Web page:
Persian Fire

The First World Empire and the Battle for the West

Tom Holland

Preface by the author

Hand-drawn maps and a new image selection illustrate the Folio Society edition of Persian Fire – the bloodthirsty clash of civilisations by the master of classical history, Tom Holland.


In 480 BC, Xerxes, the King of Persia, led an invasion of mainland Greece as part of his greater plan of world domination. With a force greatly outnumbering the opposition, conquest seemed a formality: the city states of Greece were considered small strategic obstacles to be swept aside. However, the reality panned out rather differently and a dramatic and bloody half-century of warfare ensued with the Greeks ultimately forcing the Persians to retreat and retaining control of their homeland against incredible odds. 

‘Masterly, panoramic, gripping’

  1. Guardian

Production Details

Bound in printed and blocked cloth with a design by Kent Barton

Set in Spectrum

440 pages

Frontispiece, 24 pages of colour plates and 15 black & white integrated maps

Plain slipcase

10˝ x 6¾˝

A compelling history

Tom Holland’s epic account of this pivotal period in history grips from the outset with gritty realism and dramatic tension. The bloody conflict involved great tactical clashes on land and sea that tested the mettle of both sides; and what the Greeks lacked in numbers, they made up for with superior military tactics, many of which were unfamiliar to the Persian invaders. Hoplites – Greek citizen soldiers – fought in a phalanx formation, whereby the shields of each man overlapped slightly with his neighbour’s to offer greater protection, while lighter armour and weaponry allowed for greater mobility. 

The superlative writer of classical history

Holland’s skill at placing readers in the epicentre of the action is apparent in the exhilarating scenes that liberally populate the narrative. Historical integrity is at the heart of all Holland’s writing but it is his ability to elucidate the drama of the battles that makes his books so memorable – factual history that usurps fiction at every turn.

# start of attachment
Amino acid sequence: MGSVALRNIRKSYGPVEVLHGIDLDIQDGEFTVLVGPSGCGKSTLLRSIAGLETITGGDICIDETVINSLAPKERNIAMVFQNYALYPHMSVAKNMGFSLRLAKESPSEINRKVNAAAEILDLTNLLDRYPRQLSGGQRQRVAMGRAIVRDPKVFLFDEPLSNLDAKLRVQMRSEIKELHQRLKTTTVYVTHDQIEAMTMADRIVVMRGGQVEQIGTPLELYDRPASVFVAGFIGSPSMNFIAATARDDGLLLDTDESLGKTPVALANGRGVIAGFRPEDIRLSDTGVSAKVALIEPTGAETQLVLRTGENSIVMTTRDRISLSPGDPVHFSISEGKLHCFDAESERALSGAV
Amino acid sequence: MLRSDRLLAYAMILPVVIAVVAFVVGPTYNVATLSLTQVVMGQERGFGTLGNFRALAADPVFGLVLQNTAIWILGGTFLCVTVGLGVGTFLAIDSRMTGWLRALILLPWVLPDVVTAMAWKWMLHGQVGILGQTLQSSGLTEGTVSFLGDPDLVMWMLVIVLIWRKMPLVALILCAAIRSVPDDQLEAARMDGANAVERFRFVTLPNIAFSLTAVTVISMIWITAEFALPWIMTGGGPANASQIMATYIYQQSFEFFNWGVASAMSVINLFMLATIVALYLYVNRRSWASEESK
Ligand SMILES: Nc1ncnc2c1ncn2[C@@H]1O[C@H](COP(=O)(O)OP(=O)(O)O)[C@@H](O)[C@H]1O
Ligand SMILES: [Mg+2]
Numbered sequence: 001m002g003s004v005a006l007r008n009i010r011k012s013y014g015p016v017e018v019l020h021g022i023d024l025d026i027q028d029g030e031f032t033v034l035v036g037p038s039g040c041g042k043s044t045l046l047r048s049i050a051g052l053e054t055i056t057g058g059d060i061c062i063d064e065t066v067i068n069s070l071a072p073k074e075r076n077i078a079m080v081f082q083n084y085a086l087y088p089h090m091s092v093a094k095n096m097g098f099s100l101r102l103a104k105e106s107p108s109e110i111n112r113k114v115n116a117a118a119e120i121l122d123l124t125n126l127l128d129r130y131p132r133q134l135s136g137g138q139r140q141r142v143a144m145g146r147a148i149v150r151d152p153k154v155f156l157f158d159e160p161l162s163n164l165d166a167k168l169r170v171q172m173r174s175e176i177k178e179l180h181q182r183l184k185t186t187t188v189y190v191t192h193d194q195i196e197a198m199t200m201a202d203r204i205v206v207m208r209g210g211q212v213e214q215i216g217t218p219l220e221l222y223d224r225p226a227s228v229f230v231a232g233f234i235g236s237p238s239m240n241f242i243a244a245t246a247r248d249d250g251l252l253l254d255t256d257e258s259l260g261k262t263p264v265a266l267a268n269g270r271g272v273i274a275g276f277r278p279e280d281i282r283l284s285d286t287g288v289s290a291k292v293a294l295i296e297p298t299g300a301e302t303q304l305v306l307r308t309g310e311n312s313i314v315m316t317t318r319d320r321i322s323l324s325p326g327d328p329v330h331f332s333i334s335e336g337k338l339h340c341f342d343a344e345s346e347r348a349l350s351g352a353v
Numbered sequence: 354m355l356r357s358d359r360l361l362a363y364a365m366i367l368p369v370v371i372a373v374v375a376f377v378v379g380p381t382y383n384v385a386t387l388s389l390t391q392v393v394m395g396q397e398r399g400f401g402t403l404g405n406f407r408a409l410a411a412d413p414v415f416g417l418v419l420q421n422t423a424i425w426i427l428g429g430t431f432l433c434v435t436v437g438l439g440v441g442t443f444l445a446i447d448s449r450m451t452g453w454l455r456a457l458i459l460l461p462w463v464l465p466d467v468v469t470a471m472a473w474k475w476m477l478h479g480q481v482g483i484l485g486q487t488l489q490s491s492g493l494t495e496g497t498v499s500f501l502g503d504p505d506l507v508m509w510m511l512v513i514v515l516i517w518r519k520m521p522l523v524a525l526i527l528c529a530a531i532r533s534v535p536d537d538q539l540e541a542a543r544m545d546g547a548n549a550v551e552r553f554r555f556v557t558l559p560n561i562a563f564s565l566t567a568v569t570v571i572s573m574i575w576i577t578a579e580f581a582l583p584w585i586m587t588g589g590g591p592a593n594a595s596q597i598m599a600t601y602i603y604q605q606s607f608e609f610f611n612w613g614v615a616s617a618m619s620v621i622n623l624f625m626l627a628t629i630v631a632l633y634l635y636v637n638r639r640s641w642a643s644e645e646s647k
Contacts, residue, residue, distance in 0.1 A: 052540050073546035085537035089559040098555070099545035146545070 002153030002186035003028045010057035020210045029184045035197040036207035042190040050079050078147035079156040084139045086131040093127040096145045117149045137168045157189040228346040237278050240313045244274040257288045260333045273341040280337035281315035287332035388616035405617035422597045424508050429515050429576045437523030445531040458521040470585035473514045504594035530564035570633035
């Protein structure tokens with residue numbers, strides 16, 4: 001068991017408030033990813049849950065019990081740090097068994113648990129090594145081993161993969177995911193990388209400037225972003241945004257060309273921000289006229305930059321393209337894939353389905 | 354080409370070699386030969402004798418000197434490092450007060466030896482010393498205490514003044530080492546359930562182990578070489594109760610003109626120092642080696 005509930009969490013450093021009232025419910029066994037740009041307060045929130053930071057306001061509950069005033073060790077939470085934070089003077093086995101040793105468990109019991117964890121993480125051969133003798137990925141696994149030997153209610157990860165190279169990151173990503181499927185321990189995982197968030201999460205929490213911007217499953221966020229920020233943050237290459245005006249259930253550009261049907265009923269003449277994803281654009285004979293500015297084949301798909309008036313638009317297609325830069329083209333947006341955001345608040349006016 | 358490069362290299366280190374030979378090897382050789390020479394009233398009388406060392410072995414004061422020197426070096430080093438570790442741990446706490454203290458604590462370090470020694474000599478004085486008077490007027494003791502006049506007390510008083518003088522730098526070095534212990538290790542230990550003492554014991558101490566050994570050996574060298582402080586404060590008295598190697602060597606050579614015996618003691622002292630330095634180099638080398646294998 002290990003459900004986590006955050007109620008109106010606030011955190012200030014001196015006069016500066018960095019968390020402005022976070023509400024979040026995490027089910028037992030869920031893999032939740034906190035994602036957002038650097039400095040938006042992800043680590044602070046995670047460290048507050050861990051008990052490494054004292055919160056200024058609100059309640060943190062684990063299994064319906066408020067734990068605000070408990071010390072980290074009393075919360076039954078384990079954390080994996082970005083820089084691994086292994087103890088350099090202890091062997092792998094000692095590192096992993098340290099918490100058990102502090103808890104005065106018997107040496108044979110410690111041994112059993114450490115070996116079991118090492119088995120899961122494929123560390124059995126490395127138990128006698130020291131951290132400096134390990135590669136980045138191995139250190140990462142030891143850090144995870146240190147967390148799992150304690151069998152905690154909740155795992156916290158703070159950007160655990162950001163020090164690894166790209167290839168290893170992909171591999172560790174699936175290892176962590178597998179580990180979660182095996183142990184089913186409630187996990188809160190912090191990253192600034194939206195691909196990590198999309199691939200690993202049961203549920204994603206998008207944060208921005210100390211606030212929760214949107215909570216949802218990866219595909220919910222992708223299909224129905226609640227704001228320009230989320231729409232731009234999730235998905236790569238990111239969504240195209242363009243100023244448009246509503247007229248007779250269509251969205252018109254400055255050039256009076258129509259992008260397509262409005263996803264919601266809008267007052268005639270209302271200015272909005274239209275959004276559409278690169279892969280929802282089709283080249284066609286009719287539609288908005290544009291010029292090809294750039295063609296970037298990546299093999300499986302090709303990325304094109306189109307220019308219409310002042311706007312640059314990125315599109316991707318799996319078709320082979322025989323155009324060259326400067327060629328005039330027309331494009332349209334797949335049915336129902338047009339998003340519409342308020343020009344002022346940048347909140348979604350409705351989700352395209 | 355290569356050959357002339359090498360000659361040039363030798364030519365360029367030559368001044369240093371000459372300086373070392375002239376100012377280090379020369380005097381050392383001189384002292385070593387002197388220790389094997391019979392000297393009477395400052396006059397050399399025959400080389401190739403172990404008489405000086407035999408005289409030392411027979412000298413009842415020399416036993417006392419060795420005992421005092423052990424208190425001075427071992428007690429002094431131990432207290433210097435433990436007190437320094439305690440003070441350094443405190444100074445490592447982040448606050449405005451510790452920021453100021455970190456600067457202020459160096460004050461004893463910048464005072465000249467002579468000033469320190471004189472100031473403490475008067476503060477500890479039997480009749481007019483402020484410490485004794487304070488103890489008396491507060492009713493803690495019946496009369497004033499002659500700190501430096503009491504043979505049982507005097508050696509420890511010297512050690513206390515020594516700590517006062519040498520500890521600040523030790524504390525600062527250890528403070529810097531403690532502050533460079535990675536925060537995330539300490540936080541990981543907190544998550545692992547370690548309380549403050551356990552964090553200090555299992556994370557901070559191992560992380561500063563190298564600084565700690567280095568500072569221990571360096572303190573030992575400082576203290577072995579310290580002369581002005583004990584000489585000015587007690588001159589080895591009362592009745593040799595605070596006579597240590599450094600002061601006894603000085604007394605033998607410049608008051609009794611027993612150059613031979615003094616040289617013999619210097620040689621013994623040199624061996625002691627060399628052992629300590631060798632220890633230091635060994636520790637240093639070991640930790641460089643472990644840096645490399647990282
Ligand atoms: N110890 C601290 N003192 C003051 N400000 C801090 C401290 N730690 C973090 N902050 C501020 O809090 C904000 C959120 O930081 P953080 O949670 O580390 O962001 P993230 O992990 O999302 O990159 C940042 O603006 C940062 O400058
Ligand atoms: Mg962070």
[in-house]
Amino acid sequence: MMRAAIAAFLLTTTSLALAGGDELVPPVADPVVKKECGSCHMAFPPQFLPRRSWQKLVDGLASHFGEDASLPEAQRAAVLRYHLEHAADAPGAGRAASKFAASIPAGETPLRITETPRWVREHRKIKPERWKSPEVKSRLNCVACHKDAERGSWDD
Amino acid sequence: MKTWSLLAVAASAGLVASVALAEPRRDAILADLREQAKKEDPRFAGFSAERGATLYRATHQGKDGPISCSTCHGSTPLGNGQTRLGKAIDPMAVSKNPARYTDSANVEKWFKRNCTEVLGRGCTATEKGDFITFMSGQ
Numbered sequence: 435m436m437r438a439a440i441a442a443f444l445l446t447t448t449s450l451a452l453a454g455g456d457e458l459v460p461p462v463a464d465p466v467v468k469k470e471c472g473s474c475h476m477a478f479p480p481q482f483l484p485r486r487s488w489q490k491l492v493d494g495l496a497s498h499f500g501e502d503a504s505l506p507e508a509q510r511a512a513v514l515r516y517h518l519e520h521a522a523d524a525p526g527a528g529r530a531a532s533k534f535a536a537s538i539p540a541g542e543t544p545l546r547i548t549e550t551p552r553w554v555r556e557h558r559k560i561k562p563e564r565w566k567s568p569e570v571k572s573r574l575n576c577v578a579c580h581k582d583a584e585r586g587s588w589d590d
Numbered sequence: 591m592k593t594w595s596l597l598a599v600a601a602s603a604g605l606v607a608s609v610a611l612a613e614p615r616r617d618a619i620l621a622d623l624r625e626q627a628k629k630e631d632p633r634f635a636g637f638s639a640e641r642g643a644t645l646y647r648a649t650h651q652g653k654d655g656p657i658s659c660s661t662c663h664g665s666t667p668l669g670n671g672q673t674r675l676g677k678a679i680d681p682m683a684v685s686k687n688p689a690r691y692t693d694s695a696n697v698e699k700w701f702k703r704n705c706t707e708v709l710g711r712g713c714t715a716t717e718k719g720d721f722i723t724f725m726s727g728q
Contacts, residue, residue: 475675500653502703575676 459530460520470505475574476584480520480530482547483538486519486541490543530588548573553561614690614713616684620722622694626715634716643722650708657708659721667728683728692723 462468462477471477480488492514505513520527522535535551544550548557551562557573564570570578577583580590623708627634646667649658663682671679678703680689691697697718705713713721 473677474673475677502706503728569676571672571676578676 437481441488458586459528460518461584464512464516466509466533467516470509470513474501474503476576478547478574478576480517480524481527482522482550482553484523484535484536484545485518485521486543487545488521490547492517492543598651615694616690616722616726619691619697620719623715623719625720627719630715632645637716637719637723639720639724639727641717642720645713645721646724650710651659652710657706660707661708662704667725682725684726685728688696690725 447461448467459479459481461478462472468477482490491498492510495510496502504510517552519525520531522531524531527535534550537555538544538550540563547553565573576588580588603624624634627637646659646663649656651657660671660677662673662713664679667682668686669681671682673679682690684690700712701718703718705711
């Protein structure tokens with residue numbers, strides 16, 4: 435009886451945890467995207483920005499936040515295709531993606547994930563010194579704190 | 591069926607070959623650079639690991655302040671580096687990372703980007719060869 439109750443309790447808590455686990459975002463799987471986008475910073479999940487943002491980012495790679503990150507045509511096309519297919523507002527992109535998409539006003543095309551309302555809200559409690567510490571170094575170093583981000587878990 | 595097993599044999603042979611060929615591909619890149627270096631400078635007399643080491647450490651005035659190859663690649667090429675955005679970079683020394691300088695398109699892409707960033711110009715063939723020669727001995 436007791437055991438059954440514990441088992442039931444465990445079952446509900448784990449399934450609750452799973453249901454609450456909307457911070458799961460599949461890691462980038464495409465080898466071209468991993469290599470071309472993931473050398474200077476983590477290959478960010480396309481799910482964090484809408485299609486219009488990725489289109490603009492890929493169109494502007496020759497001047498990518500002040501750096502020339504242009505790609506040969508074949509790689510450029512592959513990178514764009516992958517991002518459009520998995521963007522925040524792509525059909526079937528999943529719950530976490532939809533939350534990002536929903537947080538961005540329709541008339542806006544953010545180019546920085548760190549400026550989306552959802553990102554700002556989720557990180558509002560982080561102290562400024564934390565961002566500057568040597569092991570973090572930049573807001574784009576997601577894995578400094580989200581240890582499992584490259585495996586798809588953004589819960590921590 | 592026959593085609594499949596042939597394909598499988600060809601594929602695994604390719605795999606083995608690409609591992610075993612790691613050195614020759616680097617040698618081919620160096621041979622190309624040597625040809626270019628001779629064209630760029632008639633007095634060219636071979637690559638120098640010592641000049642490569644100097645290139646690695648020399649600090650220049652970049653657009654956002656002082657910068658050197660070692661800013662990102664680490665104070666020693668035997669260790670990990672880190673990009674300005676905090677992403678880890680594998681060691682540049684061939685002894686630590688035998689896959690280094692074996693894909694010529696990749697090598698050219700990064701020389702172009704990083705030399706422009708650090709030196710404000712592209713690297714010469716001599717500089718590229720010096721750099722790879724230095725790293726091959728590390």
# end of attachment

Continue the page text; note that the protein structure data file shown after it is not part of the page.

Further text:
‘All the elements that made the first book (Rubicon) so exhilarating – his erudition and narrative zest – are present and correct in Persian Fire, and the book contains one moment of drama (his description of the charge at the battle of Marathon as seen from inside the Greek hoplites’ helmets) that will give you goosebumps.’

  1. Sunday Times

The battles are recounted with dramatic narrative zeal, including Marathon – the encounter that revealed the courage and superior tactics of the Greek hoplite soldiers while highlighting chinks in the armour of the Spartan battle-plan; Salamis – a pivotal naval battle that brought together several disparate Greek states to fight as one opposing force; and the legendary battle of Thermopylae; the heroic last stand of King Leonidas and his Spartan forces.

A unique edition of a best-seller

Our edition is illustrated with a new picture selection which includes gold artefacts from the Oxus treasure, statues and reliefs from the royal palaces of Persepolis and Susa, and a bronze Persian helmet from the Battle of Marathon. Fifteen new hand-drawn maps detail political boundaries – such as Greece, Attica and the West – and battle strategies, including Marathon, Plataea and Thermopylae. The cloth binding features an imposing full-page portrait of a sculpture from Persepolis by celebrated artist Ken Barton.

About Tom Holland

Tom Holland is one of Britain’s foremost writers on the ancient world. He is the author of Rubicon: The Triumph and Tragedy of the Roman Republic (2003); Millennium: The End of the World and the Forging of Christendom (2008); In the Shadow of the Sword (2012), which covers the collapse of Roman and Persian power in the Near East and the rise of Islam; Dynasty: The Rise and Fall of the House of Caesar (2015), and Athelstan: The Making of England (2016). Persian Fire won the Anglo-Hellenic League’s Runciman Award, and Rubicon was shortlisted for the Samuel Johnson Prize and won the Hessell-Tiltman Prize for History. Holland has also published a translation of Herodotus’ Histories (2013) and has adapted Homer, Herodotus, Thucydides and Virgil for BBC Radio. In 2007, he was the winner of the Classical Association prize, awarded to ‘the individual who has done most to promote the study of the language, literature and civilisation of Ancient Greece and Rome’.


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